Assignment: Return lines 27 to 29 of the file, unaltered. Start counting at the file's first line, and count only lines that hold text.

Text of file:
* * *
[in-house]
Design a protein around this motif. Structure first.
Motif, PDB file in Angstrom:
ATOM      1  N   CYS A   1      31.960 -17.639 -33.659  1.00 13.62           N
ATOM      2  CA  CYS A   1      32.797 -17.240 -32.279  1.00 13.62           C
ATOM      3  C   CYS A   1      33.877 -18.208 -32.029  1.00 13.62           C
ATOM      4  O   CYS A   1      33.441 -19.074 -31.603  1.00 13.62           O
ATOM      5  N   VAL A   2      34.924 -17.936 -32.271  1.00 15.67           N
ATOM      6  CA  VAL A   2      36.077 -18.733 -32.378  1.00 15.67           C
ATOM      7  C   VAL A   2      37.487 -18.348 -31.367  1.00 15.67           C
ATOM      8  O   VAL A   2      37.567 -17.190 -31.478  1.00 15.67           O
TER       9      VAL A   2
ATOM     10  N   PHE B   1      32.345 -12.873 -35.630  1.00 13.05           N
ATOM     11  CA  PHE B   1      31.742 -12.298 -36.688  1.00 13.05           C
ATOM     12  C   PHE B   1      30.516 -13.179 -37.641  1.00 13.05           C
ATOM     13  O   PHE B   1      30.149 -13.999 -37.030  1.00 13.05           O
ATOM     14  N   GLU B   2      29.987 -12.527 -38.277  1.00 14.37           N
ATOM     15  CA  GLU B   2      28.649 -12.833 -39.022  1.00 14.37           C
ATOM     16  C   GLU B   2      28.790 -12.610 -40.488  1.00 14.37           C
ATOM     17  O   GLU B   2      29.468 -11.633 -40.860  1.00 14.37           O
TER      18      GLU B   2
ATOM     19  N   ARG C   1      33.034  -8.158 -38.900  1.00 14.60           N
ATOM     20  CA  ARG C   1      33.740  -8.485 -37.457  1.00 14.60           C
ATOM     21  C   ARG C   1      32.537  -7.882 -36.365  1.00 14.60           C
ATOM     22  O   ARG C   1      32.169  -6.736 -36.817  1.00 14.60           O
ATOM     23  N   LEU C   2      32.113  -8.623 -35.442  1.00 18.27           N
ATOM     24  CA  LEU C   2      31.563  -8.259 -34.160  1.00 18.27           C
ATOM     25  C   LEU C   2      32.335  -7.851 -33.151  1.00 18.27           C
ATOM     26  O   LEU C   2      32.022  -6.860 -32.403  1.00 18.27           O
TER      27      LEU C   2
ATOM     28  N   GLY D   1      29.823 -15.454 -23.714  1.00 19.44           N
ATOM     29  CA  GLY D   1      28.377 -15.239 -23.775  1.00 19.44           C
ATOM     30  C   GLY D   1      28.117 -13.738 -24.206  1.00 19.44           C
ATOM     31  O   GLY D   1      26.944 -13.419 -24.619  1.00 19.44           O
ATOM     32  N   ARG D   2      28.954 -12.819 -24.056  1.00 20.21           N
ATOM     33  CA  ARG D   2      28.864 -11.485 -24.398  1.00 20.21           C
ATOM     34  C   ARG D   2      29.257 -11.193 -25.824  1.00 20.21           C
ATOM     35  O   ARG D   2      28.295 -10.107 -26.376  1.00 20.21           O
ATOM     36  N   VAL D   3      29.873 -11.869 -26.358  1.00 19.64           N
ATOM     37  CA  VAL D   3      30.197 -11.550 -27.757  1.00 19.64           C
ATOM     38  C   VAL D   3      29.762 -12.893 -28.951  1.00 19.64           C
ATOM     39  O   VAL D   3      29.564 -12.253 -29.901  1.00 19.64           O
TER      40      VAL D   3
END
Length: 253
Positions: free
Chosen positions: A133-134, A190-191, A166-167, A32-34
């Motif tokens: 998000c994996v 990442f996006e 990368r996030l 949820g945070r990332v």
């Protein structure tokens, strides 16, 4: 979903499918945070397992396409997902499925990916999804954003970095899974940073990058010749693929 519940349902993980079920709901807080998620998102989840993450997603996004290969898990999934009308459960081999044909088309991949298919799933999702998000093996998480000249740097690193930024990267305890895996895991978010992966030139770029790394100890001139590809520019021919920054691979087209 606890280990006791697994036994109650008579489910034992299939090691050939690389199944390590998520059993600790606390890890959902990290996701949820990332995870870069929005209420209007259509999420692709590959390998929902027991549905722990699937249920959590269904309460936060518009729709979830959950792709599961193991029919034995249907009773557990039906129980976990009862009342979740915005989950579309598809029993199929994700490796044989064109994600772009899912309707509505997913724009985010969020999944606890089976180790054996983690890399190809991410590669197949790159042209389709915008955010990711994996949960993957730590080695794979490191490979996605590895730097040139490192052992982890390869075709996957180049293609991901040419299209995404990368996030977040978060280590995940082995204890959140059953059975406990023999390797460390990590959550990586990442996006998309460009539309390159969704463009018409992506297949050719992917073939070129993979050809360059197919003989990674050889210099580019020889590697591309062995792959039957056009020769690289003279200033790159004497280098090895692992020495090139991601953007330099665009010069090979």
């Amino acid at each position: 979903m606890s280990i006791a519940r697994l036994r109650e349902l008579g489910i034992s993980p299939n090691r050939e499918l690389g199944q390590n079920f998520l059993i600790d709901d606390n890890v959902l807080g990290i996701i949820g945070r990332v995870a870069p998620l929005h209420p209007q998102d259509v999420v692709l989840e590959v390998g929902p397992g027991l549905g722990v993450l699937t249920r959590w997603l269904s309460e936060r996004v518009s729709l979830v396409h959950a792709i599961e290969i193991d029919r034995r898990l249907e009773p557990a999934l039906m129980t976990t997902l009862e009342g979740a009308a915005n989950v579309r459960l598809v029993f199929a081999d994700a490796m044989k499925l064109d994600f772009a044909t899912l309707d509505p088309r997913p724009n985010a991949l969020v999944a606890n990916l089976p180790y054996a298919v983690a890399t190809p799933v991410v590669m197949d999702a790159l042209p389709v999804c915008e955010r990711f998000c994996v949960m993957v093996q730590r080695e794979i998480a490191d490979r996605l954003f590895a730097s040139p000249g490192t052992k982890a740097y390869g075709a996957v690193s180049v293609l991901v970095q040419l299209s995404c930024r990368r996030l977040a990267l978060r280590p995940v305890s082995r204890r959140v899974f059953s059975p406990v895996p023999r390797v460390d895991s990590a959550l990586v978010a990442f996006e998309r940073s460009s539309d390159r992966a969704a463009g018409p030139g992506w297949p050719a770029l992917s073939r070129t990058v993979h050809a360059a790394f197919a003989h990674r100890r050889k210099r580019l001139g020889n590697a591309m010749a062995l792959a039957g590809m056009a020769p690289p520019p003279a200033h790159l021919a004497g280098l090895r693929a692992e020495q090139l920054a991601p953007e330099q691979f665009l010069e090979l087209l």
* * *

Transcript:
ATOM     24  CA  LEU C   2      31.563  -8.259 -34.160  1.00 18.27           C
ATOM     25  C   LEU C   2      32.335  -7.851 -33.151  1.00 18.27           C
ATOM     26  O   LEU C   2      32.022  -6.860 -32.403  1.00 18.27           O